April 15, 2023

Rohit Sharma feels India must bat positively, like Shreyas Iyer did

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India’s batters weren’t “brave” enough against Australia’s spinners during the third Border-Gavaskar Test in Indore. This was the view of Rohit Sharma after India slipped to a nine-wicket defeat inside three days on a pitch with a high degree of variable turn, pace and bounce.

Rohit felt India’s batters could have been more proactive with their approach against the spinners, particularly Nathan Lyon – who bagged 11 wickets in the match including an eight-wicket haul in the second innings – and not allowed them to settle into their lengths as quickly as they did.

“Look, when you’re playing on challenging pitches, you’ve got to be brave, honestly,” Rohit said during the post-match presentation. “I just felt we allowed their bowlers to bowl on one particular spot. But not taking any credit away from their bowlers, especially Nathan Lyon. He was brilliant, he kept challenging us, kept hitting that right length. So yeah, when the bowler is doing that, you’ve got to come out with your plans and try and do different things; try and be a little brave as well, which I thought we were not.”

Rohit suggested that Shreyas Iyer, who scored 26 from just 27 balls in the second innings, had shown the rest of India’s batters how to bat in the circumstances.

“When you’re playing on pitches like this, you need a Shreyas Iyer kind of an innings,” Rohit said at his post-match press conference. “Someone has to step up, someone has to take down the bowlers. It cannot be always that the batters will get 100 runs, 90 runs, 80 runs; you have to play cameos like that.

“If one of the top batters can get a big score, that’s a plus – that’s great – but when you know the pitch (offers the bowlers something), there is a challenge. You need guys to go out there and play the way Iyer did.”

Cheteshwar Pujara top-scored in India’s second innings, with 59 off 142 balls. At one point during Pujara’s innings, when he was tied down by Lyon’s accuracy and 7-2 leg-side field, cameras caught Rohit gesturing in the dressing-room balcony as if to tell Pujara to stop defending and try hitting Lyon over the top instead.

“He loves spending time in the middle, he wants to grind it out, that’s his way of doing it”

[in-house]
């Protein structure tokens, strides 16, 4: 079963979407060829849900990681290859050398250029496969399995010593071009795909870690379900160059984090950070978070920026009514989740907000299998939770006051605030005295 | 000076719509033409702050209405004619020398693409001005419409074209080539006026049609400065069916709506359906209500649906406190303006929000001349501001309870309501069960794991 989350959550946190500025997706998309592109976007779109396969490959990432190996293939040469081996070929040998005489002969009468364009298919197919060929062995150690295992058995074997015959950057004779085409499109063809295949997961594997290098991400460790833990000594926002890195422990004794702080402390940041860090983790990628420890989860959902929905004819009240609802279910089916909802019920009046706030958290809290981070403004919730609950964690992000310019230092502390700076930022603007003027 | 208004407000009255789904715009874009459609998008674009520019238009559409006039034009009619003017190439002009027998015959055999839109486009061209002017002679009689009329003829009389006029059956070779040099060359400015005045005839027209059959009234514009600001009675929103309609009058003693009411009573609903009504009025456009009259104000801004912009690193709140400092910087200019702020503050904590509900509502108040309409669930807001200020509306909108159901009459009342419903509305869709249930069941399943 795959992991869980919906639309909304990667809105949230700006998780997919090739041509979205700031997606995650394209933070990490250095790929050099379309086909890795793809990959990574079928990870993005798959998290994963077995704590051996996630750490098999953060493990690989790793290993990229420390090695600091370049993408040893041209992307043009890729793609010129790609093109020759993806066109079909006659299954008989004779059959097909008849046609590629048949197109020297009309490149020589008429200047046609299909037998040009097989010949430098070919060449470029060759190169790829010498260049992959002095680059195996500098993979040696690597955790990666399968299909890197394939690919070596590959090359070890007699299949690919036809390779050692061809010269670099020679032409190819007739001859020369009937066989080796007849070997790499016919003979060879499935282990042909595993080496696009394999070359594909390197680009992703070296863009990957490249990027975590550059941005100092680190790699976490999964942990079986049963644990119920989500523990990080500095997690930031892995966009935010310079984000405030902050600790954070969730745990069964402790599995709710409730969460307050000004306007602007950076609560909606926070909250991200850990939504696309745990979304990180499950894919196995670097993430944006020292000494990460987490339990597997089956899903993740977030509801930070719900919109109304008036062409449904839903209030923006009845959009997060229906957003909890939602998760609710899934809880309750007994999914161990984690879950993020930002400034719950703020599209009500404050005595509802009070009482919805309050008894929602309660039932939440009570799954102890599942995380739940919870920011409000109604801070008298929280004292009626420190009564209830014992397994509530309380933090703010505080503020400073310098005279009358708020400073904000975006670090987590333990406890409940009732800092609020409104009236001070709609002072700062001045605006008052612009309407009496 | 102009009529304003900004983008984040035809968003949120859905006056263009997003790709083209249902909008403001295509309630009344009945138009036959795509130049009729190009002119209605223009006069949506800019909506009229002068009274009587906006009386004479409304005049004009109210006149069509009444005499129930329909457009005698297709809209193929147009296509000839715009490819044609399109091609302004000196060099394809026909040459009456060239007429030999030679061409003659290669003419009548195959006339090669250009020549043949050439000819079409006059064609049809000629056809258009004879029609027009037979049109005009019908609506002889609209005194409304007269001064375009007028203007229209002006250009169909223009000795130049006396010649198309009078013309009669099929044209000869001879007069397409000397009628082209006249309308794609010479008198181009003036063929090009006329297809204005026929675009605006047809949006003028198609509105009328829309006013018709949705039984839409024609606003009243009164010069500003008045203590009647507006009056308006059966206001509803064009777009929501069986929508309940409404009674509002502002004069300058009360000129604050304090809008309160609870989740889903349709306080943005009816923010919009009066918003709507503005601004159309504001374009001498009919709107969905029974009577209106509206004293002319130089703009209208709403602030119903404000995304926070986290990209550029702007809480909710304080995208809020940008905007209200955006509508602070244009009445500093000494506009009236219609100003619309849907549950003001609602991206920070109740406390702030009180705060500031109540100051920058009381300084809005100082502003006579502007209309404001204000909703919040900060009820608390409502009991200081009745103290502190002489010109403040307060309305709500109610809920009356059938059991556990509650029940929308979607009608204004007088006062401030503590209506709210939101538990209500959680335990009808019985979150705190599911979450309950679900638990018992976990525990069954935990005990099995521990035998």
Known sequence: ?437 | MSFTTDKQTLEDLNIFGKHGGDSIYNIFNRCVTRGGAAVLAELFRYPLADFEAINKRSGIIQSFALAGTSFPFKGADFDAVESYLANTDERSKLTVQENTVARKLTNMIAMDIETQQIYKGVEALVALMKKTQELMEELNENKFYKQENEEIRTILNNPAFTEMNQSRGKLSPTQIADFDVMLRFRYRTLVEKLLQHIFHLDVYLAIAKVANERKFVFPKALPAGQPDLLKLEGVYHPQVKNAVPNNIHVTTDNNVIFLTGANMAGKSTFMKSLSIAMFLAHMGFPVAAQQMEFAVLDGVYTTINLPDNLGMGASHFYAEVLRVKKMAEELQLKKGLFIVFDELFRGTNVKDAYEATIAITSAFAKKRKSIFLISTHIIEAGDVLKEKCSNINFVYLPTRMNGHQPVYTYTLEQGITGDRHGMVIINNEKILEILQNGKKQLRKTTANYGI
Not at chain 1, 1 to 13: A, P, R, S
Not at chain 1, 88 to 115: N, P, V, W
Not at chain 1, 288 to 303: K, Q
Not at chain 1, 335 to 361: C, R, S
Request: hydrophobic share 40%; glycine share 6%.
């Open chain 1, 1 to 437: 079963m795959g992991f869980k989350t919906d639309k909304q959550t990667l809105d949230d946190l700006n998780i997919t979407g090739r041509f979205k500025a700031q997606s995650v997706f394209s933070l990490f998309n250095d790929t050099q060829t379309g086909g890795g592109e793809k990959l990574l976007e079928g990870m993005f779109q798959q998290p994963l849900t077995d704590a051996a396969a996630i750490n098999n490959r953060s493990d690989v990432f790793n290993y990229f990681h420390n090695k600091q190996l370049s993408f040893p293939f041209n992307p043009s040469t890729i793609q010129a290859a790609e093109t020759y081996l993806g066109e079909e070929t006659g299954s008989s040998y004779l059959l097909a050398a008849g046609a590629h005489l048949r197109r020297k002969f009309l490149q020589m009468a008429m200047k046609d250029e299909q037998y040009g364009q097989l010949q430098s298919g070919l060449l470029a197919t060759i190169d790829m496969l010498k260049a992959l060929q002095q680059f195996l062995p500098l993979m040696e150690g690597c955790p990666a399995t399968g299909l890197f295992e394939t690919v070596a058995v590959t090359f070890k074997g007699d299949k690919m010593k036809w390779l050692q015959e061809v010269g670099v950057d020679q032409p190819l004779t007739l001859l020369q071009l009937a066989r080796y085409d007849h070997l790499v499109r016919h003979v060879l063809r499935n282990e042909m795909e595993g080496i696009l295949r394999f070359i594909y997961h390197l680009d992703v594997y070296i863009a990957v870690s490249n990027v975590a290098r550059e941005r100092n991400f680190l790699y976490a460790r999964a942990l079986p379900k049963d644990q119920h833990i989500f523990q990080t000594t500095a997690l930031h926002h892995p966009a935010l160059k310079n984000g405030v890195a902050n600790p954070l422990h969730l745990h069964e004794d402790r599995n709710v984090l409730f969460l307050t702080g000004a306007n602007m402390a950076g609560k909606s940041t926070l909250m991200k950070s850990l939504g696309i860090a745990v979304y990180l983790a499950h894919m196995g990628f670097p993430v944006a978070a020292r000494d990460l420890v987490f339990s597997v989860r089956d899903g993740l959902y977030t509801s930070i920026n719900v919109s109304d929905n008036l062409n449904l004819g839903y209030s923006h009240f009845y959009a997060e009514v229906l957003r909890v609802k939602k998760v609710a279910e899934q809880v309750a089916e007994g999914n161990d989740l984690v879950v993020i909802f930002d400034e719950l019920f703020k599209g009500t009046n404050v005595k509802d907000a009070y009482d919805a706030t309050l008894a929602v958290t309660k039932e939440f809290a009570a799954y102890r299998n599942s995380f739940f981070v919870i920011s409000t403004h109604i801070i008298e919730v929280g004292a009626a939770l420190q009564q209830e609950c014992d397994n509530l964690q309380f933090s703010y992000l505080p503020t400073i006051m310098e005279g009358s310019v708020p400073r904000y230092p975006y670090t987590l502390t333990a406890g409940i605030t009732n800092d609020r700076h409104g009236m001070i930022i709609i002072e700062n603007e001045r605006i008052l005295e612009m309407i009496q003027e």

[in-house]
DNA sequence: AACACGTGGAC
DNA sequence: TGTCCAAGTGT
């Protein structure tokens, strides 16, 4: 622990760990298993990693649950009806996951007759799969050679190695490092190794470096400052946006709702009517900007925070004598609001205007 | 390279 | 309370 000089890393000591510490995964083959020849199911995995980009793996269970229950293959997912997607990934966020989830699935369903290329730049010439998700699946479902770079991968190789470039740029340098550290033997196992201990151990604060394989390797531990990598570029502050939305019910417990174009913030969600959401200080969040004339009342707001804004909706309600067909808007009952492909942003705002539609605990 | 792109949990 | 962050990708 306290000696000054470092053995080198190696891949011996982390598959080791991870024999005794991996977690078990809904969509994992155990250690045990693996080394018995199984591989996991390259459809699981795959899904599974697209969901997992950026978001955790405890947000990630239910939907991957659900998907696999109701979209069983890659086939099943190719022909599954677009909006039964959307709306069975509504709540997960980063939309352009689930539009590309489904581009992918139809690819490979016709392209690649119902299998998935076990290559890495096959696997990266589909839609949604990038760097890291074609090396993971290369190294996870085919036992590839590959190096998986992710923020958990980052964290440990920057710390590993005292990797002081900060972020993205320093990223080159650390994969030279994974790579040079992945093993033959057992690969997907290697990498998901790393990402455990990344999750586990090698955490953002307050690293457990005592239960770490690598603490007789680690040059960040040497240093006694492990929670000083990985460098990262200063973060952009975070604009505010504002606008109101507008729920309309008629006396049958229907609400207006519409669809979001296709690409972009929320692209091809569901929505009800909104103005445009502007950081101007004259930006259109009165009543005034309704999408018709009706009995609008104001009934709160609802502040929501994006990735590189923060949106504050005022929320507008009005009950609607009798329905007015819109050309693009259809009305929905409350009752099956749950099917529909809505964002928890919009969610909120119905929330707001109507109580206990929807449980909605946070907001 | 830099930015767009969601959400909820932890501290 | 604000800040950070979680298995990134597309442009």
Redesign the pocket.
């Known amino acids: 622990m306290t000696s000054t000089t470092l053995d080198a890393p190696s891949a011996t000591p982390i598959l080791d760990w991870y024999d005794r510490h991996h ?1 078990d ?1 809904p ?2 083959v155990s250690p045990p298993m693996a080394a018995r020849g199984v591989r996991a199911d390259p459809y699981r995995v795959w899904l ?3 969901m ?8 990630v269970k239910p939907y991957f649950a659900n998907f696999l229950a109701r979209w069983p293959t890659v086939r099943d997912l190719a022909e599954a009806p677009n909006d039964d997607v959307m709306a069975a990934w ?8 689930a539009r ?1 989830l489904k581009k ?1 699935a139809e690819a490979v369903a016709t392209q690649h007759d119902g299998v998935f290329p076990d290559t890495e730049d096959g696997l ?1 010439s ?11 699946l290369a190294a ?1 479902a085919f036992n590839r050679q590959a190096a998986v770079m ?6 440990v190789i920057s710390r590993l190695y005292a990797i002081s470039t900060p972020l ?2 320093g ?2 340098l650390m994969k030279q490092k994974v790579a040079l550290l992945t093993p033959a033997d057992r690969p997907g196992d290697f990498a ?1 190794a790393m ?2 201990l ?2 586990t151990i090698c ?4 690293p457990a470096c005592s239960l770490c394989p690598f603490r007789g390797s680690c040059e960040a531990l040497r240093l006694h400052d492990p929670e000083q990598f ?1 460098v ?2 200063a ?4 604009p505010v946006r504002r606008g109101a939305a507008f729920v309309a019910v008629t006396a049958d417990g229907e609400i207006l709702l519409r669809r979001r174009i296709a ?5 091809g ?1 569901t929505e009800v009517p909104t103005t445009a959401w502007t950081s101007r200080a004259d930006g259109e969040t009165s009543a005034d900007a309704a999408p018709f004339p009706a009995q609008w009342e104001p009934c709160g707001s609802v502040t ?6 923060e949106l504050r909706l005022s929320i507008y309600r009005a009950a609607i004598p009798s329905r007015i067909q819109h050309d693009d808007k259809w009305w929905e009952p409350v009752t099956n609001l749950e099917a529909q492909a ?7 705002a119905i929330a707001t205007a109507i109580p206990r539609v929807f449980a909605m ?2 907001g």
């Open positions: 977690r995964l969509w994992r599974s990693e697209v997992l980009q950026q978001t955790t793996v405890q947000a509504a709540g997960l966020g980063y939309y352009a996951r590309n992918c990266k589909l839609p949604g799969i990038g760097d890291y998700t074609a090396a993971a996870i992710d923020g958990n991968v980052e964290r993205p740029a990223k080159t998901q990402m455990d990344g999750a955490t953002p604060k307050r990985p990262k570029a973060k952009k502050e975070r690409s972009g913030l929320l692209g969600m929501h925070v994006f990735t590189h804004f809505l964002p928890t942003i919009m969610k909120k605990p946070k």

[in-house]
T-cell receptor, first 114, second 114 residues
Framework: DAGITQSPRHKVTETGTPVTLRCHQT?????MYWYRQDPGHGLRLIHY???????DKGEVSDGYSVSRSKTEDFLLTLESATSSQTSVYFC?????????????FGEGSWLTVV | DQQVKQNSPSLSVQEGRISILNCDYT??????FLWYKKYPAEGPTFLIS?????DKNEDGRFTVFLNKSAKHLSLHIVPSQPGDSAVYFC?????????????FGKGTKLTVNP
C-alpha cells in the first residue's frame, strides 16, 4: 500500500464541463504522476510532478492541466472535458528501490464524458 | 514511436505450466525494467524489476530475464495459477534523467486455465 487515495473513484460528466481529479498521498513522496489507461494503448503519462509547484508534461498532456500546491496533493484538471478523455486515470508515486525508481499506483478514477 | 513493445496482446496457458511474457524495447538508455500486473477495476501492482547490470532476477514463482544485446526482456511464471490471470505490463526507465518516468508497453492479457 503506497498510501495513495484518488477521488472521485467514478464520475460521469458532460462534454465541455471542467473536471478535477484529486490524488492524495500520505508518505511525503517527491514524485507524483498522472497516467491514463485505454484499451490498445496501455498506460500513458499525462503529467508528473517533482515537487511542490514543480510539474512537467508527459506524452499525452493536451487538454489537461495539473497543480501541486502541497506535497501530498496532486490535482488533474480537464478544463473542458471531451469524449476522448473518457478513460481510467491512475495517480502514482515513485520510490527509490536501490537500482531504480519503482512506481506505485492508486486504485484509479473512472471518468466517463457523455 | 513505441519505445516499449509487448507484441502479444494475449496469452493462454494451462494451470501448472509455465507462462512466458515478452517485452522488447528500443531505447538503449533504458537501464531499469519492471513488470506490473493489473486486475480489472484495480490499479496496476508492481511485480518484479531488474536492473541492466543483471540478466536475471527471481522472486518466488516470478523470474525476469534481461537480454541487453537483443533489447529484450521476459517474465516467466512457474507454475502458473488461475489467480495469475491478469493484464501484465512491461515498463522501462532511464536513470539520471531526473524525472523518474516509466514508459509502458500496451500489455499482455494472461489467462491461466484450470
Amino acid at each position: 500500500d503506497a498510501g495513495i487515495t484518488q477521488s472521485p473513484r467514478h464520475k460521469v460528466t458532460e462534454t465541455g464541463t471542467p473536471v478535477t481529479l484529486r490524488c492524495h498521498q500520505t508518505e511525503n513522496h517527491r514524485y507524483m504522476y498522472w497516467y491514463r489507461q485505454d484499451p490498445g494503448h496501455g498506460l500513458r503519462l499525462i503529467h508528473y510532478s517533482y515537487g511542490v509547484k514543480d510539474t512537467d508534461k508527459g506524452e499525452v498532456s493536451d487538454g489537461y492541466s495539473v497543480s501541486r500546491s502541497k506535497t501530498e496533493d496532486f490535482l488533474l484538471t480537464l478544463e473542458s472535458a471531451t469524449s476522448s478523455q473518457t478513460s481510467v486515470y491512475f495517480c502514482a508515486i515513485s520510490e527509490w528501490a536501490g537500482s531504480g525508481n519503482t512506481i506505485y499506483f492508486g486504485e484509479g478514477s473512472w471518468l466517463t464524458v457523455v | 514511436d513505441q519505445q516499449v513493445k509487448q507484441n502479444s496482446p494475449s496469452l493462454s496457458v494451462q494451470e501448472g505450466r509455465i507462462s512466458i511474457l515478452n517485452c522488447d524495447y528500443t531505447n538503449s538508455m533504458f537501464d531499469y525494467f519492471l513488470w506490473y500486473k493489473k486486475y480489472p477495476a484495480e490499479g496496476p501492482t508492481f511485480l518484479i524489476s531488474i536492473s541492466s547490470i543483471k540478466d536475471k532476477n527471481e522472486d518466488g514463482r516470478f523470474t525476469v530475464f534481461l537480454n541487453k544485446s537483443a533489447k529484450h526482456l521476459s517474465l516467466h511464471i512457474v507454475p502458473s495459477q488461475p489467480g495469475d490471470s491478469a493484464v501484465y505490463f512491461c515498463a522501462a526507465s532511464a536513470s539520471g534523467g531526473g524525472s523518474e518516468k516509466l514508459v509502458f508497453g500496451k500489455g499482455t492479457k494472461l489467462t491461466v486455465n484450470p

Rohit said Cheteshwar Pujara’s approach was a case of a batter scoring runs based on his own strengths

In that context, Rohit’s comments about a lack of bravery could be seen as directed as Pujara, but he indicated that this was not the case. At one point during his press conference, he expressed his annoyance at being asked repeatedly about the pitch rather than players who performed on it, and took Pujara’s name while doing so.

“Every time we play in India, there’s only focus on the pitch,” Rohit said. “Why are people not asking me about Nathan Lyon, how well he bowled, how well Pujara batted in the second innings, how well Usman Khawaja played?”

Later, he said Pujara’s approach was a case of a batter finding a method of run-scoring based on his own strengths. This, he said, was how India wanted their players to approach batting on challenging pitches.

“Pujara (was) being Pujara,” Rohit said. “He loves spending time in the middle, he wants to grind it out, that’s his way of doing it. May not be the same way for a lot of the other guys.

“That is something that we spoke in our group as well, find your own methods of going out there and doing your job. As long as the job gets done, we are happy as a unit. Yes, like) in the first two games as well, the runs will not come from everyone. As long as the runs come, we are happy as a unit.”

Karthik Krishnaswamy is a senior sub-editor at ESPNcricinfo

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